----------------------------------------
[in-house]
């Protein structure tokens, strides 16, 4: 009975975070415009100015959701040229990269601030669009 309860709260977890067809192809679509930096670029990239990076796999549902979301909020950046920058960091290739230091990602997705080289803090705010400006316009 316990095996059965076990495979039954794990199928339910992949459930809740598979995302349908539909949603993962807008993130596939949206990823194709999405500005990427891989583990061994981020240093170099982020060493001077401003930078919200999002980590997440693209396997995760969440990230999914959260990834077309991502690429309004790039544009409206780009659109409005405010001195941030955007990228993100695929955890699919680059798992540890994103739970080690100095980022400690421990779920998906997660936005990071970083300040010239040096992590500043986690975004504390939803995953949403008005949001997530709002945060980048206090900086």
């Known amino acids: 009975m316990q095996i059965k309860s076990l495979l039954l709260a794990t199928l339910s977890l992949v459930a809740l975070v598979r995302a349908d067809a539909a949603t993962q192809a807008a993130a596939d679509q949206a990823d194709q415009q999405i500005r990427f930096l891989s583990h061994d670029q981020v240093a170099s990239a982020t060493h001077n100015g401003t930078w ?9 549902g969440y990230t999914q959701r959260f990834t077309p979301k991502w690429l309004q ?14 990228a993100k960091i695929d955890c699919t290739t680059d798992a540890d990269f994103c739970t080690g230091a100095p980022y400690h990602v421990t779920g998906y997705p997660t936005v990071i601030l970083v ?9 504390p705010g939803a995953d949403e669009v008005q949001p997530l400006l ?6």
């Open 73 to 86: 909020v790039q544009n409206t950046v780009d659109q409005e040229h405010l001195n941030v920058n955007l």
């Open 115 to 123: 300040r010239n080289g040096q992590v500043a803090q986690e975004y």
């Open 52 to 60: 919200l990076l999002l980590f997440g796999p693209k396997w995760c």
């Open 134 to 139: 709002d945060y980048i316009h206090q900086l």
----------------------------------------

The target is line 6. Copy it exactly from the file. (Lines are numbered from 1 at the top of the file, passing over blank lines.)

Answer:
């Open 52 to 60: 919200l990076l999002l980590f997440g796999p693209k396997w995760c």